Modification of Hydrological Patterns
by the Everglades Restoration Processes
Flooding and drought conditions have intensified in south Florida during the past few years. Due to the very high permeability of the soil, these extreme water scenarios can often be linked both to water levels in canals surrounding the area and to severe meteorological conditions.
The physical conditions of the coral-based media (soil and limestone bedrock) permit very fast groundwater flow under wet conditions. Resulting changes in canal levels in turn translate quickly to changes in water table levels in the field, which can have devastating effects on crops.
However, visible flooding is not the only problem facing agricultural management in south Florida. It is well known that surface water levels can contribute to the water budget in the root zone (or vadose zone), thus affecting crop viability. Upward flow of water (capillary movement) affects soil moisture content levels and can influence crops either beneficially or adversely, depending on specific water demands, flood- and anaerobic-tolerance and root susceptibility to diseases.
L-31W canal at the eastern boundary of Everglades National Park.
TREC's hydrology team has set up a 5000-acre demonstration watershed on the eastern boundary of Everglades National Park. This demo area includes a distributed monitoring network with fourteen wells fully instrumented for water elevation and water quality sampling, two rain gauges, four canal and drainage ditch stage recorders, soil moisture sensors, and an automatic weather station.
Pumping station in the C-111 canal next to Everglades National Park.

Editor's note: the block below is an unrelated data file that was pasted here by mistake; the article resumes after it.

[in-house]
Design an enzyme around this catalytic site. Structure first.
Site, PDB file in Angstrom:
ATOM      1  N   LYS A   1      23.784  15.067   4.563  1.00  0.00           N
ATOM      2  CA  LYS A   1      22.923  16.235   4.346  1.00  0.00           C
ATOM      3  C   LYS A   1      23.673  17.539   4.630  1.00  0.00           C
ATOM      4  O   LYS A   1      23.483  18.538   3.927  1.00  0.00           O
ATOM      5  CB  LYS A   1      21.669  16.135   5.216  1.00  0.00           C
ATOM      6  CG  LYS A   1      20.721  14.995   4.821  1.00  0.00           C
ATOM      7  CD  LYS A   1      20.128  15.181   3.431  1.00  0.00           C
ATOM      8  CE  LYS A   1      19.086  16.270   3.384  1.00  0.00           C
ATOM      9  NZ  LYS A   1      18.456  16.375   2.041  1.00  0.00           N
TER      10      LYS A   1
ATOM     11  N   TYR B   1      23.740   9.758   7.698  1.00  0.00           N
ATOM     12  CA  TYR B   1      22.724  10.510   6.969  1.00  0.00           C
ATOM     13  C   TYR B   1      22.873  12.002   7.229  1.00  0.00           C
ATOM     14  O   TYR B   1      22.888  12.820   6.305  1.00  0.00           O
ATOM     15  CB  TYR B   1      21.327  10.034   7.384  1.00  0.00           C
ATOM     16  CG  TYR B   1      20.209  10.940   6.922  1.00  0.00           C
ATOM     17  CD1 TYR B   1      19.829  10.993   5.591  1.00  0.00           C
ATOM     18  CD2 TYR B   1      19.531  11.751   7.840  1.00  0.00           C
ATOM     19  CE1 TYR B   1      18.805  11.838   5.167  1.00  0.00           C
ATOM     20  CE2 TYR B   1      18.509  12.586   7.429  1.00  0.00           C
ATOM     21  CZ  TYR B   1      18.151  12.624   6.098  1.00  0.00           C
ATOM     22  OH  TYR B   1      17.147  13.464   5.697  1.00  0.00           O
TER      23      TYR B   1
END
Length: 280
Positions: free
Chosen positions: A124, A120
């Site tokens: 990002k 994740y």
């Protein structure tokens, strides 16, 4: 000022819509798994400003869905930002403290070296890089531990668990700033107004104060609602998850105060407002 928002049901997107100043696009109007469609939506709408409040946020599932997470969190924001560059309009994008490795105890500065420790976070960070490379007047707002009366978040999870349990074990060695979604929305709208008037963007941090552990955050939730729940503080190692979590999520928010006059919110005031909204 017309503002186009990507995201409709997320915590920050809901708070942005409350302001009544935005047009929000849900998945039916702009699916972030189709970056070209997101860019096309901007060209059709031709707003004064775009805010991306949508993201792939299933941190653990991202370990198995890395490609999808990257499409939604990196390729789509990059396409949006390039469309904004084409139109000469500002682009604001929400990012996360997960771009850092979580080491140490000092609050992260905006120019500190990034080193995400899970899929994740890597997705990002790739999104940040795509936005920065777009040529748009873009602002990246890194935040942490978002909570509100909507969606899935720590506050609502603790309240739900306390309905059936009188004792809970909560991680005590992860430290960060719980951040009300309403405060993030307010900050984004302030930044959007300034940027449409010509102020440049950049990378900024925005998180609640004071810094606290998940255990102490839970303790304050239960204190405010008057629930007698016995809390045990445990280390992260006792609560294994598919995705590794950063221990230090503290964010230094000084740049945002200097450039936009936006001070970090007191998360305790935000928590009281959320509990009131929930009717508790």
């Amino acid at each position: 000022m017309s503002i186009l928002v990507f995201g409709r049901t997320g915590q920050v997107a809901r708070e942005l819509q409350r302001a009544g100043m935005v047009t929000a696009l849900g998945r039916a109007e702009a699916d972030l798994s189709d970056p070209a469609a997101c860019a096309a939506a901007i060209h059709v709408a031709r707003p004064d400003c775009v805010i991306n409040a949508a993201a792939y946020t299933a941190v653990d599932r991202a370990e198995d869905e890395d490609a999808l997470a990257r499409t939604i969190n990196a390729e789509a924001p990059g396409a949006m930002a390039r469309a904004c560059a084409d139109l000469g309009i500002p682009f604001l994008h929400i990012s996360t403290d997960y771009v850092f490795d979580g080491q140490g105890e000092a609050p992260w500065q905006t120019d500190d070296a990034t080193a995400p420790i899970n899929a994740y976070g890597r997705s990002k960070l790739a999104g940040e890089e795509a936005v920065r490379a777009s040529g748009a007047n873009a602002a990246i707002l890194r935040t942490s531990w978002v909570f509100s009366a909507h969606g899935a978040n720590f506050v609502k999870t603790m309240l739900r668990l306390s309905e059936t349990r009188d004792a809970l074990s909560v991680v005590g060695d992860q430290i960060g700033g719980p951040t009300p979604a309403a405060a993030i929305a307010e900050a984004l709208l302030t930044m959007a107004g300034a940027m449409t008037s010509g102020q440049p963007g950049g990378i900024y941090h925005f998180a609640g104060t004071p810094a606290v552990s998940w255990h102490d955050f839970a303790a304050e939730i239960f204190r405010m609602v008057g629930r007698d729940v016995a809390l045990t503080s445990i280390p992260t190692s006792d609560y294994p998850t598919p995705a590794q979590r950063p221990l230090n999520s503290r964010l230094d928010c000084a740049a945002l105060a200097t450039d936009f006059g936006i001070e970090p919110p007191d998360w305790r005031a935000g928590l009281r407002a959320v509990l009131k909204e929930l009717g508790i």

Records of all water inputs and outputs are obtained every 15 minutes, and surface and ground water quality samples are collected at 18 different locations biweekly. The data are being utilized to study the hydrology of the area and to assess the impact of the 1000-acre CERP detention pond that is being constructed in the area. This demonstration project is providing valuable information to those who make regional water management decisions.
Installation of a canal platform for water quality sampling and automatic water stage logging.
An advanced online information system (UF-HydroBase) has been developed to analyze hydrology and water quality data.
The following slide presentations give details about this ongoing project (requires Adobe Reader to view .pdf documents; advance presentation using Page Down/Up keys; exit with Escape key):
- UF Frog Pond Hydrology Network: Monitoring Groundwater Flow and Water Quality Along the Eastern Boundary of Everglades National Park[520KB]
- Frog Pond Geographical Information System[812KB]
This page was last updated on June 17, 2010.